In just over a year of performing they have racked up an impressive number of major festival slots including Cambridge Folk Festival and Fairport’s Cropredy Convention, completed a tour of Germany and Switzerland as well as two UK tours. In February 2018 they released their critically acclaimed debut album, Fire. Most recently, the band became the first UK band to gain recognition in the International Bluegrass Music Association’s Momentum awards with a nomination for best band as well as Tabitha receiving a nomination in the instrumentalist category. A new album, to follow up their smash-hit debut Fire, is due for release this Autumn.

Opening the evening’s entertainment will be CHARLIE LIMM, an actor, musician, composer and theatre-maker who has been performing since an early age. Her passion for the arts began in Somerset in a tiny village called Stoke St. Gregory where she was born and raised, as part of her local theatre group. 

Charlie arranges acoustic folk songs with just voice and guitar, playing mostly her originals with some traditional material thrown in. In 2017, she supported the band Apples I'm Home on their UK tour and debut album launch, performing all over the country en route to the Edinburgh Fringe. She is forging a great reputation on the Bristol acoustic music scene

Tickets for the event, which takes place at DOWNEND SCHOOL on Friday 20th September 2019, are available from MELANIE'S KITCHEN or online HERE. They are priced at £12 each in advance (£10 for members), or £14 on the door. There will be a full bar, stocking Severn Cider, soft drinks, wine, hot drinks and locally-brewed real ale from Hambrook-based GREAT WESTERN BREWING CO., and also locally-made NAUGHTY BROWNIES. There will be a raffle with prizes including CDs, gift boxes of beer and sweet treats. You are encouraged to bring your own glass/mug/tankard/bucket, as well as reusable bottles for water, as part of the club’s drive to be more environmentally aware. There will now be a small surcharge for disposable glasses.

We expect this event to sell very well, so please do buy your tickets in advance. For further information please email This email address is being protected from spambots. You need JavaScript enabled to view it..


We've always stuck steadfastly to our pattern of one concert per month. We think it's the right amount (and we wouldn't have the energy to do more than that on a regular basis). However...

ROAD NOT TAKEN, the Downend-based four-piece that originally formed as a bit of fun to play a support slot at the club in September 2014, have gone on to become quite a big deal, and are now making waves in the wider UK folk scene. Featuring DFC chairman Ant Miles on guitar, alongside some more familiar faces, Road Not Taken are releasing their first full-length album, Fragment, on 30th August, and embarking on their first full UK tour in support of the release. We welcome them "home" for the final date of that tour, on Sunday 15th September.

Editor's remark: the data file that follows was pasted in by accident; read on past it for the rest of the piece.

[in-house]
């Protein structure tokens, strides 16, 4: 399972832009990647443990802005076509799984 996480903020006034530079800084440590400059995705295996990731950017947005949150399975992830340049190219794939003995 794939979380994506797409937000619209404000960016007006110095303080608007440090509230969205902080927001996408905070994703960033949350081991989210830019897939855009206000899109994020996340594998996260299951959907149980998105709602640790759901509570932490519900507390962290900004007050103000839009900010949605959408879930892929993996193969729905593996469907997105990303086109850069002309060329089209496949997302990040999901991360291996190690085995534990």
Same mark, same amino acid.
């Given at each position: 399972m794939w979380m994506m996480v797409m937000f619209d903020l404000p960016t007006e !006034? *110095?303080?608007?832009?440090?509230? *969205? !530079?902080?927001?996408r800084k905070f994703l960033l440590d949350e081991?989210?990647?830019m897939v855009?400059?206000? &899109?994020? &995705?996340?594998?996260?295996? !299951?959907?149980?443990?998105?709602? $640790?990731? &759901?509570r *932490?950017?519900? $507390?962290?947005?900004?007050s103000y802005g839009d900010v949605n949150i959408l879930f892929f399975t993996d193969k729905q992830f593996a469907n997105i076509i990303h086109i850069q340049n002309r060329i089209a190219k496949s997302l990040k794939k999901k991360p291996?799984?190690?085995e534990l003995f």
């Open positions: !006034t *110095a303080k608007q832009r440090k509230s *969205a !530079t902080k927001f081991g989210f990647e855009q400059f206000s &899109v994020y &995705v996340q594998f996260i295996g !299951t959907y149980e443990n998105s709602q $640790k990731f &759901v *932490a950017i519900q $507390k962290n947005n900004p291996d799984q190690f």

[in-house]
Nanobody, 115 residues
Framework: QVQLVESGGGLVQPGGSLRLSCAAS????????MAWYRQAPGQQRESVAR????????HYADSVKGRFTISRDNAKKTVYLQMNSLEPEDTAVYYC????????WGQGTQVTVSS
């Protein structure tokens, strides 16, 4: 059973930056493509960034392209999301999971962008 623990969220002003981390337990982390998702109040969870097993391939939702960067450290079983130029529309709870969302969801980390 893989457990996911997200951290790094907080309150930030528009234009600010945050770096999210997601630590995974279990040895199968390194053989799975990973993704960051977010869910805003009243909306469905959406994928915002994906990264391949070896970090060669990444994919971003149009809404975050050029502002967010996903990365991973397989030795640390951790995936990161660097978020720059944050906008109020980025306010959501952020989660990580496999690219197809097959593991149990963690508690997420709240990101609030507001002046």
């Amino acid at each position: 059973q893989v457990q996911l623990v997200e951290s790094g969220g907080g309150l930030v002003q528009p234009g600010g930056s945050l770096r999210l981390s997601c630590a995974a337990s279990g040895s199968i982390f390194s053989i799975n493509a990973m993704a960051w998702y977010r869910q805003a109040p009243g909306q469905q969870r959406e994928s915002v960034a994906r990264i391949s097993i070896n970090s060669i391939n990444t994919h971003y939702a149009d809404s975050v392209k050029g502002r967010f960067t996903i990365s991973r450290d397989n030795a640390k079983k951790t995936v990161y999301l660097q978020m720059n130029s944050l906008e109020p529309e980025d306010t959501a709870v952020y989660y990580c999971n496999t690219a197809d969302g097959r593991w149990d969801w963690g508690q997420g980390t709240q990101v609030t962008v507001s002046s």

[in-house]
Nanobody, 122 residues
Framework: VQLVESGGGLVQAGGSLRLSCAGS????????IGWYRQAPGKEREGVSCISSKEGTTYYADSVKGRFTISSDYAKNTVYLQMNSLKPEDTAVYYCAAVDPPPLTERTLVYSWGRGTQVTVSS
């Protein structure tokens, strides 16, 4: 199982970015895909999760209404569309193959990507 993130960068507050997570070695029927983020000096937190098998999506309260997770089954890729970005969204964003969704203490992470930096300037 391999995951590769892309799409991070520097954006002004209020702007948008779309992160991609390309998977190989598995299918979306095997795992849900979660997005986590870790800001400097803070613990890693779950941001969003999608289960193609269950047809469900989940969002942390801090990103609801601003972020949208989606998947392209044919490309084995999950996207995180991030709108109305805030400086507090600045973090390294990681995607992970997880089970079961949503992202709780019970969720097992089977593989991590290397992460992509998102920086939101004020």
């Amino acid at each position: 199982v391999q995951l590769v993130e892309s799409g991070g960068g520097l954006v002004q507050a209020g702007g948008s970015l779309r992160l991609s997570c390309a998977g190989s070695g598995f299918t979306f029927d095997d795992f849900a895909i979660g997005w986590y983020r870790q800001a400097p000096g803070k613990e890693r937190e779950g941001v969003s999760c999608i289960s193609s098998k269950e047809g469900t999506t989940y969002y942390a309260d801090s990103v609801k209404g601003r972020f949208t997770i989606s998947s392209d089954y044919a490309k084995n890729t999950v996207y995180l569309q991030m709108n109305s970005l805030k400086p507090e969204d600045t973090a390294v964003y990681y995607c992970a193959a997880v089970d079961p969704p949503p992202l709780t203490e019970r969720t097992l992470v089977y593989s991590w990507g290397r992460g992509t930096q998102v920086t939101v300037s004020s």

Having honed their craft over a number of years of performing live, their debut album Fragment brings together eight songs, inspired by the  tradition and which best represent their sound. It's is a collection of six inventive and atmospheric arrangements of traditional folk songs and tunes, two originals and a creative arrangement of a popular classic. Singer Anita Dobson’s clear and striking vocal soars over hypnotically beautiful melodies from  Claire Hamlen on violin and viola, underpinned by Ant Miles’ understated finger style guitar and Joe Hamlen's creative use of harmonium, banjo and bass guitar. Their music has been described as "songs which feel as though they have been draped in glittering cobwebs, which is a very fine thing indeed", and "folk music with all the feels of the romantic era composers".

On the album title, Ant says, "A fragment is a piece that can stand alone, but also form part of a greater whole, a bigger picture, which we feel reflects our approach to arranging songs from the traditional folk canon; our interpretations are just one aspect of the many variations which exist of these familiar songs."

As one reviewer once said, "Downend Folk Club don't have a 'house band', but if they did, Road Not Taken are it", so we couldn't really have them hold their Bristol album launch concert anywhere else, could we? So, just this once... we're slotting in an extra gig! Road Not Taken's album launch will be held at our Frenchay Village Hall HQ on Sunday 15th September... the final night of the quartet's long tour. There will not be a support act, so it won't finish too late... we realise Sunday is a "school night"! All the usual DFC bits and pieces will be there though... the bar, featuring real ale brewed down the road at GREAT WESTERN BREWING CO., the NAUGHTY BROWNIES, the silent raffle... you know the score! Doors open at 7.30pm for an 8.00pm start, and tickets are an absolute bargain... £8 in advance, or just £5 in advance for members! You can get them online HERE (members should login to the Members Only section of the website), and also from MELANIE'S KITCHEN in Downend. Tickets will be £10 on the door, so please do buy in advance.